It’s this fortuitous confluence of relatively healthy seniors and their less fortunate generational peers that make the echoes of volunteerism that Kennedy spoke of in 1961 relevant today. Imagine healthy seniors, nearly half of whom struggle with feelings of diminished purpose, volunteering to assist less fortunate folks with whom they have so much else in common. Imagine helping someone who grew up listening to the same music, who raised their family at the same time, who laughs at the same jokes…imagine healthy seniors helping others deal with the challenges of chronic illness or social isolation, and in so doing experiencing a renewed sense of purpose themselves.
Imagine the ‘elder corps’
In an atmosphere of political polarization, it is sometimes easy to forget that people tend to come together when facing tough times. Communities closing ranks in the wake of a natural disaster. Volunteers building houses as part of Habitat for Humanity. Or traditional competitors collaborating to save lives during a global pandemic. Selflessness never goes out of style. As the wave of aging baby boomers washes ashore with all of the medical and socioeconomic challenges that accompany it, it will take new and even unconventional ideas to manage the storm surge. Part of the answer may be coming ashore in the wave itself in the form of healthy senior volunteers.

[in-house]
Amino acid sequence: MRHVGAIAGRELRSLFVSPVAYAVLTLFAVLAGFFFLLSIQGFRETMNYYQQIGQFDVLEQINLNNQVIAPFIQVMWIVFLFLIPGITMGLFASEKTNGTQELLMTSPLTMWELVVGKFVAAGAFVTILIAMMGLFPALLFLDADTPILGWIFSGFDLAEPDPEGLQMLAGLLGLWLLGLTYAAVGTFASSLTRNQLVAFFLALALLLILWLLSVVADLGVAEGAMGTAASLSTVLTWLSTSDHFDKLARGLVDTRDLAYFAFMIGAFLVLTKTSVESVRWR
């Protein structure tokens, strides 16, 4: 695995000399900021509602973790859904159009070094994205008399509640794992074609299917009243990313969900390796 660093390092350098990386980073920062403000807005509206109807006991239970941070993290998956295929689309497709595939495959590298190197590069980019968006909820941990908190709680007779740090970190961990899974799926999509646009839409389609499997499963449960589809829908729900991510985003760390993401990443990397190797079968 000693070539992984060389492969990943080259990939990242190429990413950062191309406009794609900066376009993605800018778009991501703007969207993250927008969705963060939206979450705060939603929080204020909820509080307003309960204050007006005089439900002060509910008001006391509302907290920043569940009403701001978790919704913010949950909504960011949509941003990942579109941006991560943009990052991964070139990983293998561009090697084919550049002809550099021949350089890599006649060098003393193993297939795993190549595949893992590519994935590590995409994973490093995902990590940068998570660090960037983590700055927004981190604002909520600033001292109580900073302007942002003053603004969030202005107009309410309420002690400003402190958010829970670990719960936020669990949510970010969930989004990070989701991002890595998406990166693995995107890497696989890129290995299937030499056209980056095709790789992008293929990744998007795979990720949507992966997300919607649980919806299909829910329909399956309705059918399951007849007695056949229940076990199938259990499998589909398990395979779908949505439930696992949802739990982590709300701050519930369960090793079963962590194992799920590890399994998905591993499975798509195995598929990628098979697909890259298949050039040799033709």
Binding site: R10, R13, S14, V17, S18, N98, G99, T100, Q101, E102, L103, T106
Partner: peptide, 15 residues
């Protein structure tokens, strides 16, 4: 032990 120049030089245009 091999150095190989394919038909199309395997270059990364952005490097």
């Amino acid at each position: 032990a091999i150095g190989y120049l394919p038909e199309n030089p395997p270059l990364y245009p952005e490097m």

Many of the earliest Peace Corps volunteers are now in their seventies. They are the generation who answered the call in their youth. Why wouldn’t we think that they would answer it again if asked? When you’re 25 years old, you don’t know where you’re going and most of life is ahead of you. When you’re 75 years old, most of life is behind you but you know where you’ve been. At both times, volunteerism can give you a heightened sense of purpose.
When asked what health care providers could do to make their lives better, chronically ill patients and their family members answered in a resounding voice: assist with navigation. The stress associated with making their way through a labyrinth of processes and care pathways was far and away the most common source of dissatisfaction among our most vulnerable patients.